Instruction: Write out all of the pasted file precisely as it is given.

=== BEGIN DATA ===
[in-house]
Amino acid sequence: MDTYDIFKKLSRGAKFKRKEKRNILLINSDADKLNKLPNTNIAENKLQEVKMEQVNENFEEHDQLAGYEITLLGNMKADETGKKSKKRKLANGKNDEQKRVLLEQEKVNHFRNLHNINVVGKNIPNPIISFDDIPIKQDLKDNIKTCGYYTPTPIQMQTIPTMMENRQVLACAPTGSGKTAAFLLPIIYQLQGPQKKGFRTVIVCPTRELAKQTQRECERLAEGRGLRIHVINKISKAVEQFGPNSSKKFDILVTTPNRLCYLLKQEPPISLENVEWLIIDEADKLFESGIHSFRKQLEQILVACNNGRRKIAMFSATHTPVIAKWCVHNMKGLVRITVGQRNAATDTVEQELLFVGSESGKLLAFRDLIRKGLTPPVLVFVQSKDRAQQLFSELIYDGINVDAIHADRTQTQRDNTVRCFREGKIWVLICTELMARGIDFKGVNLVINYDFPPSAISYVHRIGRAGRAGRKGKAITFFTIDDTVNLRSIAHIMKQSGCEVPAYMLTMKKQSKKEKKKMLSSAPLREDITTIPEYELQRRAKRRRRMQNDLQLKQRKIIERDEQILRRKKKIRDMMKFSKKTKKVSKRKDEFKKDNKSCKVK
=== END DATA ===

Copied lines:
[in-house]
Amino acid sequence: MDTYDIFKKLSRGAKFKRKEKRNILLINSDADKLNKLPNTNIAENKLQEVKMEQVNENFEEHDQLAGYEITLLGNMKADETGKKSKKRKLANGKNDEQKRVLLEQEKVNHFRNLHNINVVGKNIPNPIISFDDIPIKQDLKDNIKTCGYYTPTPIQMQTIPTMMENRQVLACAPTGSGKTAAFLLPIIYQLQGPQKKGFRTVIVCPTRELAKQTQRECERLAEGRGLRIHVINKISKAVEQFGPNSSKKFDILVTTPNRLCYLLKQEPPISLENVEWLIIDEADKLFESGIHSFRKQLEQILVACNNGRRKIAMFSATHTPVIAKWCVHNMKGLVRITVGQRNAATDTVEQELLFVGSESGKLLAFRDLIRKGLTPPVLVFVQSKDRAQQLFSELIYDGINVDAIHADRTQTQRDNTVRCFREGKIWVLICTELMARGIDFKGVNLVINYDFPPSAISYVHRIGRAGRAGRKGKAITFFTIDDTVNLRSIAHIMKQSGCEVPAYMLTMKKQSKKEKKKMLSSAPLREDITTIPEYELQRRAKRRRRMQNDLQLKQRKIIERDEQILRRKKKIRDMMKFSKKTKKVSKRKDEFKKDNKSCKVK